NHS data loss scandal reached new heights as NHS England CEO Simon Stevens revealed that further investigation has found another 162,000 “lost” patient documents, in addition to the previously discovered 700,000 documents, of which more than 500,000 included sensitive patient data.
It came to light earlier this year that NHS England had launched a probe into a series of missing documents, which found that a total of 708,000 patient letters went undelivered.
Around 200,000 of them were temporary resident forms and therefore not clinical documents, but the remaining 500,000 documents included information such as “copies of test or screening results, and communications about planned next steps in treatment following appointments with other healthcare providers”.
Between 2001 and 2016, the letters were mistakenly put into a warehouse run by the NHS Shared Business Services (NHS SBS) – a joint venture between the Department of Health and Sopra Steria – rather than delivered to their intended recipients.
During a Public Accounts Committee (PAC) hearing on 16 October, Stevensrevealed that the number of patient letters that were put into storage, rather than delivered to their intended recipients, was significantly higher than first thought.
Stevens said that following the discovery of the original 700,000 documents, further investigation into the lost correspondence found another 12,000 missing items that had not been processed by NHS SBS, as well as 150,000 medical documents that had been sent to Capita by mistake.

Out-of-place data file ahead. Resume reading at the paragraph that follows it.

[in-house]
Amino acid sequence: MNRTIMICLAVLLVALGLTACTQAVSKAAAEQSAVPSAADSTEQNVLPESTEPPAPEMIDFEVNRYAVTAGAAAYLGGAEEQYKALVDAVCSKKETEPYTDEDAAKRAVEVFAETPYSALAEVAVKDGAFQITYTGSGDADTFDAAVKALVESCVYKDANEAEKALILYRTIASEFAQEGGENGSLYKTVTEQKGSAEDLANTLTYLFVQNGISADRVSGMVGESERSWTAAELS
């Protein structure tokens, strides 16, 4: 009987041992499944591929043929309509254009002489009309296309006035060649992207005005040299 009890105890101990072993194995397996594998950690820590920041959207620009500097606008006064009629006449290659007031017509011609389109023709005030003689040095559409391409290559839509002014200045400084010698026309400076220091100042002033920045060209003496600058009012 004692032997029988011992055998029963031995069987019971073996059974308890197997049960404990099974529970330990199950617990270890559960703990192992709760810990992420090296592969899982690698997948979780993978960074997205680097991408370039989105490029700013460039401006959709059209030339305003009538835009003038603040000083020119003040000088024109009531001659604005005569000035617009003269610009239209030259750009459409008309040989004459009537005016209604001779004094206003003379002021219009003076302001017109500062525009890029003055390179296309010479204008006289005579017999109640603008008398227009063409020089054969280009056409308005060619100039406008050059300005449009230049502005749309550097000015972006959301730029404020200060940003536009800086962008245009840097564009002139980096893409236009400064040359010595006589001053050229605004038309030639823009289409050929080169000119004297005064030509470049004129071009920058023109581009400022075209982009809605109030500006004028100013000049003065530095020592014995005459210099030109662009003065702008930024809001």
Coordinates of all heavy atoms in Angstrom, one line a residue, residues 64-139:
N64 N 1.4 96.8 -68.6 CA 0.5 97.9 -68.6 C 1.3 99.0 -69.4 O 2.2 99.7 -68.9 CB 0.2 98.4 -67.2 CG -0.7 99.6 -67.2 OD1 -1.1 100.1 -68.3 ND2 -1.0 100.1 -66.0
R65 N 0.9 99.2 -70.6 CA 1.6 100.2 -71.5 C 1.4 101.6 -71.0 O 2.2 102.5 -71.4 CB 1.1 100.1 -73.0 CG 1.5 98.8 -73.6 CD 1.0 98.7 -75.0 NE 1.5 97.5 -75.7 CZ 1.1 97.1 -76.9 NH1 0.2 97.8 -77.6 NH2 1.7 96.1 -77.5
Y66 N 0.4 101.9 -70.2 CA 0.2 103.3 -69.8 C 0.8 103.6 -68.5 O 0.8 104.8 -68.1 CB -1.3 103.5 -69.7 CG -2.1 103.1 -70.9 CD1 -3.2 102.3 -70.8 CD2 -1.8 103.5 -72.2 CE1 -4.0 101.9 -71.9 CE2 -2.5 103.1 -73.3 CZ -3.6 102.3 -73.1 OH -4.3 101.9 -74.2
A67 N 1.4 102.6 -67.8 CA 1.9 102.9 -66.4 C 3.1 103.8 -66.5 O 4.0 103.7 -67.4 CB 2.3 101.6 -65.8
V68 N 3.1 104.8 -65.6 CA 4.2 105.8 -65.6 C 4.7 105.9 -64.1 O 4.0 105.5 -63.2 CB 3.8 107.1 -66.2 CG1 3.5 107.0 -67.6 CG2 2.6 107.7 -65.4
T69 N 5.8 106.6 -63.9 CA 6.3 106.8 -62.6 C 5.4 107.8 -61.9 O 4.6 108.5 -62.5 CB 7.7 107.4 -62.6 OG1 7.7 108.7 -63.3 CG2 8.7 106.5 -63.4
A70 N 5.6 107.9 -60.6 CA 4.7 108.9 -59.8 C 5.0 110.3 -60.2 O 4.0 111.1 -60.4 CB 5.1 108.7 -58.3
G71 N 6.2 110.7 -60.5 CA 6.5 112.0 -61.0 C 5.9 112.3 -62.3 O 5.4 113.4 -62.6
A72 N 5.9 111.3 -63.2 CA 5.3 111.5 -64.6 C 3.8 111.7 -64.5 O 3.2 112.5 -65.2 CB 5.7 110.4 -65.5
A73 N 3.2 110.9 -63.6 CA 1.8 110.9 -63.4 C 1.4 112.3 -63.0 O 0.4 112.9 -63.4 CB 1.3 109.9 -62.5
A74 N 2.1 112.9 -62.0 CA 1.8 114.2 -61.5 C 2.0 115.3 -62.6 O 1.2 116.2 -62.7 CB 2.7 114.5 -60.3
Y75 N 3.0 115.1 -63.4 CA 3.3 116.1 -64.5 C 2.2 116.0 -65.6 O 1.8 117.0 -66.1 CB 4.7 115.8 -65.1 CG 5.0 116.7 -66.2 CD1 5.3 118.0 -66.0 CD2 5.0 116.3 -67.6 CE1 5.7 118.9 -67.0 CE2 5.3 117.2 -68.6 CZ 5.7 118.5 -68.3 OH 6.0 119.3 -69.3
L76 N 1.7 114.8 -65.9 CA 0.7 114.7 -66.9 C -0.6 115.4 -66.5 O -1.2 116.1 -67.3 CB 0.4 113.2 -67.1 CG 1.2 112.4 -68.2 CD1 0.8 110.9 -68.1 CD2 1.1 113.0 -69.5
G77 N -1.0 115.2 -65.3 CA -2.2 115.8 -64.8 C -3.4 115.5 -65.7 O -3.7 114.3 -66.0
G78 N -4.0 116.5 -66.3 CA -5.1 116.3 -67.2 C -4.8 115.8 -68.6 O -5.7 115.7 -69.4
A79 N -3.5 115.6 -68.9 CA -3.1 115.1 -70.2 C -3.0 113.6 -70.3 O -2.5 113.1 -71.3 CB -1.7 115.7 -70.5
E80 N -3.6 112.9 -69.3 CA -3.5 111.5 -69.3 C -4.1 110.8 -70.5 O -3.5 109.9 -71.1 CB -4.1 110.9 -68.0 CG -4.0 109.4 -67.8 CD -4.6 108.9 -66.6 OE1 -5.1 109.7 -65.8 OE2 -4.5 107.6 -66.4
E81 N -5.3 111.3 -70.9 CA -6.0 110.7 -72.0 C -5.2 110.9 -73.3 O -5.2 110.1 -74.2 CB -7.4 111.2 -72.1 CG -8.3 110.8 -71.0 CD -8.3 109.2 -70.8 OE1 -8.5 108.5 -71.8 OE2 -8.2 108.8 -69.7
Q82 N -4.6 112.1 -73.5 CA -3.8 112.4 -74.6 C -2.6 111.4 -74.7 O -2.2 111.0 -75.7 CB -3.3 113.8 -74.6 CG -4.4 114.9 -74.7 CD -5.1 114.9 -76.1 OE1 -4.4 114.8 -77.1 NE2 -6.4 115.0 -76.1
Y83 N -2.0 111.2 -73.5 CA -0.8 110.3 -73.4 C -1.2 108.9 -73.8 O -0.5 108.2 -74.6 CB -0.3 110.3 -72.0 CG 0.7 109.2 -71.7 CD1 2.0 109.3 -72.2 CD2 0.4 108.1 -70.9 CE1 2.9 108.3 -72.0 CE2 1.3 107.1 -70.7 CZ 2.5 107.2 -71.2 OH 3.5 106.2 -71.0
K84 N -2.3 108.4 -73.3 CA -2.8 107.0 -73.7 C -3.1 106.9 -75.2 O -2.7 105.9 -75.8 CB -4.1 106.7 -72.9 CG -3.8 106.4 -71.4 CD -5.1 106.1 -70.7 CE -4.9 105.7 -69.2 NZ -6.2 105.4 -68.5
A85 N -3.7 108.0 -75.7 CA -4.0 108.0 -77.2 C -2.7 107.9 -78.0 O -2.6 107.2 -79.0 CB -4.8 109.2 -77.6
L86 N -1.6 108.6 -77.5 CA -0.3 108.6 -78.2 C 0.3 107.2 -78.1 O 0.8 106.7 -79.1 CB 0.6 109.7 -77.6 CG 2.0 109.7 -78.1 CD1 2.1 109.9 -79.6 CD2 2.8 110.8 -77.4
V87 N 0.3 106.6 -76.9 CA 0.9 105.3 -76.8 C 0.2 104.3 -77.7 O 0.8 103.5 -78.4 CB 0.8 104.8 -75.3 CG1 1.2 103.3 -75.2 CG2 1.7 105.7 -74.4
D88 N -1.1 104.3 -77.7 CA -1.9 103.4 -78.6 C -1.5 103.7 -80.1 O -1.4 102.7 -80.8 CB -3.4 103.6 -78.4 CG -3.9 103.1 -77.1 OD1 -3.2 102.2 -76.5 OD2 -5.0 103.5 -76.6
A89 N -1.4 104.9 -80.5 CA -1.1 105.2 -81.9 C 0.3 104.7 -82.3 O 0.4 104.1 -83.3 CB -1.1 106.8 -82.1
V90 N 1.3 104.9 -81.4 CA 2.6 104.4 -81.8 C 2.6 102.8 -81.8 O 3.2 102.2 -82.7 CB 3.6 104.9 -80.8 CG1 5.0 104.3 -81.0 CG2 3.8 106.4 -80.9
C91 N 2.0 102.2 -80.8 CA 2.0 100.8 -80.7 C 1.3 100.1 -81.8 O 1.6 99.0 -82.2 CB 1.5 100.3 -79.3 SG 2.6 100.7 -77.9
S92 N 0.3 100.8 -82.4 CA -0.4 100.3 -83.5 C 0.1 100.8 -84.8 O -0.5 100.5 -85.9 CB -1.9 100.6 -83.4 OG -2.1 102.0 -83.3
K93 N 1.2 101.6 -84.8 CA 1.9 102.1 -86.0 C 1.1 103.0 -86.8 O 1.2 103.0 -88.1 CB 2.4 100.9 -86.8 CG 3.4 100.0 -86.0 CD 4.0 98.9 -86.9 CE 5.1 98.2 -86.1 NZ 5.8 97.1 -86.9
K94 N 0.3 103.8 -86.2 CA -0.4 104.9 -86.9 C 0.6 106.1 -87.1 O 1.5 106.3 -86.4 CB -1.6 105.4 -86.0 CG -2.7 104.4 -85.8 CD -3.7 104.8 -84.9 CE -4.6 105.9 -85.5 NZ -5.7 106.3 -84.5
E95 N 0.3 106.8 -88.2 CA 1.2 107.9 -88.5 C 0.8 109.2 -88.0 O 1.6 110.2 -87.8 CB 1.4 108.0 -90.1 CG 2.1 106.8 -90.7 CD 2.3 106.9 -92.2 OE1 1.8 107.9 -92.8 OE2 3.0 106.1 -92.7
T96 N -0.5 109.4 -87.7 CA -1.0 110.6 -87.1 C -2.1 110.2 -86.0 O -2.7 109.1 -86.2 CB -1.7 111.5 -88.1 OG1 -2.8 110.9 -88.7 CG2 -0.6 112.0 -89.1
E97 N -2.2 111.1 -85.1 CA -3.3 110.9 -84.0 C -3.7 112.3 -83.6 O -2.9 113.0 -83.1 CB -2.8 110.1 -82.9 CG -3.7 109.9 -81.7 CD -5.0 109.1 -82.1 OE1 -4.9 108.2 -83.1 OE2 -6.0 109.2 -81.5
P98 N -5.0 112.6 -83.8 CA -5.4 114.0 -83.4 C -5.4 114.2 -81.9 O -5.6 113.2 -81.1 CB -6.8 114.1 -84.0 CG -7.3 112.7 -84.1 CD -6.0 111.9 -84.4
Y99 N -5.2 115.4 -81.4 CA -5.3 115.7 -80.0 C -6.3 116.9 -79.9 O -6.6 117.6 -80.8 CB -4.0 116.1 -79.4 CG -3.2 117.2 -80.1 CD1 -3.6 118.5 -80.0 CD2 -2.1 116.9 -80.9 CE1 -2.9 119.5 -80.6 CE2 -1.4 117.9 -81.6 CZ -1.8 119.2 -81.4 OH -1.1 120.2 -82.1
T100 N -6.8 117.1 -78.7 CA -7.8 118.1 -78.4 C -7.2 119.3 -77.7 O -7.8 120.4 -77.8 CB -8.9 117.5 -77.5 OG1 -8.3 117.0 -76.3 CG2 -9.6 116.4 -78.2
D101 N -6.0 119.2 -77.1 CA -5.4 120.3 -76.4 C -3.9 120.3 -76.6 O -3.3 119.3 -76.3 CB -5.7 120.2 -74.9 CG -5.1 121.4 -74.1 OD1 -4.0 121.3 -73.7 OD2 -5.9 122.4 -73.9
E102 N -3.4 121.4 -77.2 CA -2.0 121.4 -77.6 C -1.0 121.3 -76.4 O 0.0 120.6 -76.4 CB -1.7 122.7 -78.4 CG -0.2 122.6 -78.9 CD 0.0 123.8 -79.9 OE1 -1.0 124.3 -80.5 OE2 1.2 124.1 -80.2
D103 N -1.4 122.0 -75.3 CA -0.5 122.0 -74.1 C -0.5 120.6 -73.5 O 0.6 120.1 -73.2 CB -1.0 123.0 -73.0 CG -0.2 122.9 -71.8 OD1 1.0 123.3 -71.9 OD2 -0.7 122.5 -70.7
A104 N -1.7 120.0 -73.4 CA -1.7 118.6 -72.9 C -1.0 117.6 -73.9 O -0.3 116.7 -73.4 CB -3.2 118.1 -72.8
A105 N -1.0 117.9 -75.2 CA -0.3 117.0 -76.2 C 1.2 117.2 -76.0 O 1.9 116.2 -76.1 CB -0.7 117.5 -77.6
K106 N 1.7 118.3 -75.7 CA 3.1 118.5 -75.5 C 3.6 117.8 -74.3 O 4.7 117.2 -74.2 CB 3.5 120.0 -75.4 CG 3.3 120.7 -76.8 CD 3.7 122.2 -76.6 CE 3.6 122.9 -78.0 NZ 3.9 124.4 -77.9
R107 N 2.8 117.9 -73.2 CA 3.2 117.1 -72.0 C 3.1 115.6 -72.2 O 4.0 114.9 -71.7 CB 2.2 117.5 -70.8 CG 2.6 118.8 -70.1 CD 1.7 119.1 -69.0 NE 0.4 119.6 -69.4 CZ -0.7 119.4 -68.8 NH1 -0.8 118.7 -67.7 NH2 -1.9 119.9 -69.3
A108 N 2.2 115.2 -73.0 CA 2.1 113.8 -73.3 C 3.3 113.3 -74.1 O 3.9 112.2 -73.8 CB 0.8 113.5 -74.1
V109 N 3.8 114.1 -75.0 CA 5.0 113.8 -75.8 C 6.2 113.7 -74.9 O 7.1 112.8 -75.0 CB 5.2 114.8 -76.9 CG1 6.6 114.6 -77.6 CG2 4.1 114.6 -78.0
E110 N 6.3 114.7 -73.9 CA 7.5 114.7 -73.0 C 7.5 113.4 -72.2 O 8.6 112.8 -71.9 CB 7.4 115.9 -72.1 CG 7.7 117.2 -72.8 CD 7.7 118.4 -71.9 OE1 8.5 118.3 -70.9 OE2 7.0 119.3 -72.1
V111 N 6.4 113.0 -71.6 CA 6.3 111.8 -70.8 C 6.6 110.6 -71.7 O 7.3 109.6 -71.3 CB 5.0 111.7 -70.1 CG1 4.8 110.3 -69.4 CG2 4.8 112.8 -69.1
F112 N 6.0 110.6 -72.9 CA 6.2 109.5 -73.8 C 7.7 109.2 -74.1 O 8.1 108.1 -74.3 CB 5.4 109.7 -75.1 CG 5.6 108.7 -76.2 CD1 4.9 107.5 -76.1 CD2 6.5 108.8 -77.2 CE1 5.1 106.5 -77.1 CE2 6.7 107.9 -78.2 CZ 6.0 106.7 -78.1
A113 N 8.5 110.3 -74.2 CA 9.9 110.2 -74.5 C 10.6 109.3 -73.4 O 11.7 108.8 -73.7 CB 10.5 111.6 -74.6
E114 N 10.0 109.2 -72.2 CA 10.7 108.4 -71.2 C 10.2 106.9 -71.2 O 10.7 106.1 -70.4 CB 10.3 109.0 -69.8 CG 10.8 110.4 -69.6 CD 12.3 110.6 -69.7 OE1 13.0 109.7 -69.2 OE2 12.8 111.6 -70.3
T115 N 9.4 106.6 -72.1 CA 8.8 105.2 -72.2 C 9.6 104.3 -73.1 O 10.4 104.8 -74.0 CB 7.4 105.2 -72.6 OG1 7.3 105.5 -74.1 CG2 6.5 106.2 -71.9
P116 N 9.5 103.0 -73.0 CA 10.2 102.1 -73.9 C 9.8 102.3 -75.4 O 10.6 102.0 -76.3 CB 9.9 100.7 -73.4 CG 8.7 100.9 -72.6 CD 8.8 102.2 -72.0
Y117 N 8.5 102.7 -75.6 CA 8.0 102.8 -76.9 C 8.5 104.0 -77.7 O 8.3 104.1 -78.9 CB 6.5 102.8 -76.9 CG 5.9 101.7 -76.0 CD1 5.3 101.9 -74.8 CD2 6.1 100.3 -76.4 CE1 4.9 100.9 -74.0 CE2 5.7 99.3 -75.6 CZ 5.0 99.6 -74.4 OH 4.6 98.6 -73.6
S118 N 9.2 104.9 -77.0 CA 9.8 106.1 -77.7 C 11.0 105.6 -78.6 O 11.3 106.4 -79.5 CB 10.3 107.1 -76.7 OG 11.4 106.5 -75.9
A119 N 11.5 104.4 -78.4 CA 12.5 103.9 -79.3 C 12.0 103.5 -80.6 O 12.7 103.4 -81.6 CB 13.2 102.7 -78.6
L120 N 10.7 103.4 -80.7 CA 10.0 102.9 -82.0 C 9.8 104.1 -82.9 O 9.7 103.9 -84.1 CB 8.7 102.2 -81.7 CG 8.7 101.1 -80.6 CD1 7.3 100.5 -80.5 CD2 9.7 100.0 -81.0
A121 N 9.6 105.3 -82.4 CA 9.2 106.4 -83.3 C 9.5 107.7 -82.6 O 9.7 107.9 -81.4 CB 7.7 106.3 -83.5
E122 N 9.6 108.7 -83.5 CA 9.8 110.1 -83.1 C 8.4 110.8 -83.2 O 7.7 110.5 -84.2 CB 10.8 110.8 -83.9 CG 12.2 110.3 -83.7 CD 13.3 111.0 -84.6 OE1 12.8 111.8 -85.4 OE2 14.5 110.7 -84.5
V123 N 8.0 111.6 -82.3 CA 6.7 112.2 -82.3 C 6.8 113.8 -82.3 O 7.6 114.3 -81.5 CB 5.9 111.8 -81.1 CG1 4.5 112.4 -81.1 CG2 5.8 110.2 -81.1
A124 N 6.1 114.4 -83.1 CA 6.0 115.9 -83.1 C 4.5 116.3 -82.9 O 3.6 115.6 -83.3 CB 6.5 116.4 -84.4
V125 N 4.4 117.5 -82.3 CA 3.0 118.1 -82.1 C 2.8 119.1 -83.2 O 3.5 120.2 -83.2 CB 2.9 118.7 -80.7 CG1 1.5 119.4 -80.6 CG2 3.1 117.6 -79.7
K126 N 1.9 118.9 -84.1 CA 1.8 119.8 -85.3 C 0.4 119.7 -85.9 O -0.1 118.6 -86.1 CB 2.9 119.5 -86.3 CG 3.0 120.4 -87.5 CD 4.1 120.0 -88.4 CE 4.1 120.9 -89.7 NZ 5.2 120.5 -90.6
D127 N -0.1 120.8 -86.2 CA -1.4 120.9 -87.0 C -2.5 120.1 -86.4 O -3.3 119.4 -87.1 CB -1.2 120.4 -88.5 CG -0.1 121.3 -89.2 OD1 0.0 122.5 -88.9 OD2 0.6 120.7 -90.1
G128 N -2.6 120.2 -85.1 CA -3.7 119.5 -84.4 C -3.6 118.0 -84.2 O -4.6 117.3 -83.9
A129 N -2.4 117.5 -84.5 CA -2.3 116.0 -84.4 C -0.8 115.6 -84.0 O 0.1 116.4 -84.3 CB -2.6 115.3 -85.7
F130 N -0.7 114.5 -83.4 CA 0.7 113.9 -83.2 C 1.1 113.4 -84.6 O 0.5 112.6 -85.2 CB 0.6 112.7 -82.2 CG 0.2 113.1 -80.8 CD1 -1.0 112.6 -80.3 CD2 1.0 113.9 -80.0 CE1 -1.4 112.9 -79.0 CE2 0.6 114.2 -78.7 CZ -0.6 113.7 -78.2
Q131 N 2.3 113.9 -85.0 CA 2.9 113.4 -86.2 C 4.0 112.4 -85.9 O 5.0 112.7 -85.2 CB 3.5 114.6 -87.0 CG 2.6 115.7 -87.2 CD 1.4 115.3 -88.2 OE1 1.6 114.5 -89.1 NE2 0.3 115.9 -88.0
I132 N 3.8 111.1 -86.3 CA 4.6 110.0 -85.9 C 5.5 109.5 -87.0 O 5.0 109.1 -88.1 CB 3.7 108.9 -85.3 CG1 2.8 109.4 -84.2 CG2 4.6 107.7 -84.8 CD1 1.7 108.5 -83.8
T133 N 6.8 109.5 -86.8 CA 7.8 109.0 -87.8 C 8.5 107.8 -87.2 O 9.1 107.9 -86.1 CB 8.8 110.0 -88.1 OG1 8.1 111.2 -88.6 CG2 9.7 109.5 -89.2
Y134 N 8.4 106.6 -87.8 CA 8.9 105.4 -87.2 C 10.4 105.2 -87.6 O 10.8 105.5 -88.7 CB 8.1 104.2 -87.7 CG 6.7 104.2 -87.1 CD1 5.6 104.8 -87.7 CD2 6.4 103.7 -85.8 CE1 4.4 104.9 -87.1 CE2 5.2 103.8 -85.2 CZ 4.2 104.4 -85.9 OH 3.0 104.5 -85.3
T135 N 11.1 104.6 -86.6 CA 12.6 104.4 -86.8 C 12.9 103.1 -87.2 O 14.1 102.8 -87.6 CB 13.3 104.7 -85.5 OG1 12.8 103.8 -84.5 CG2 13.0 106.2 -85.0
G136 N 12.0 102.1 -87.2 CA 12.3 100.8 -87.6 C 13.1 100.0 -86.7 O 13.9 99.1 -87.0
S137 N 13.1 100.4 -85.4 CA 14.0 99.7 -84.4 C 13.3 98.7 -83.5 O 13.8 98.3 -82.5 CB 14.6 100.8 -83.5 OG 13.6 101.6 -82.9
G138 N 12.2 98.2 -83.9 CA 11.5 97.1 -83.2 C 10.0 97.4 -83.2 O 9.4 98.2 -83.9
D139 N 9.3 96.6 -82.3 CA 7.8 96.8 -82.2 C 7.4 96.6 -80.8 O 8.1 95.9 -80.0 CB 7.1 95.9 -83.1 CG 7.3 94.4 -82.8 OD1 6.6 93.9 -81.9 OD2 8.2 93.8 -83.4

The original investigation found 5,562 documents which needed further clinical investigation. NHS England said a review of 97% of those has so far found no clinical harm to patients as a result of the data going astray. However, the new documents now need to go through the same process.
“We think there are probably about 150,000 items or so that require repatriation back to GPs and we aim to do that by the end of December. The situation hasn’t changed, but we have become very rigorous in making sure we’re lifting every stone, and that’s what we’ve identified,” Stevens said.
He added that the review of the newly found documents would hopefully be completed “by the end of March”, but with the caveat that it depended on “the volume of responses we get back from GPs”.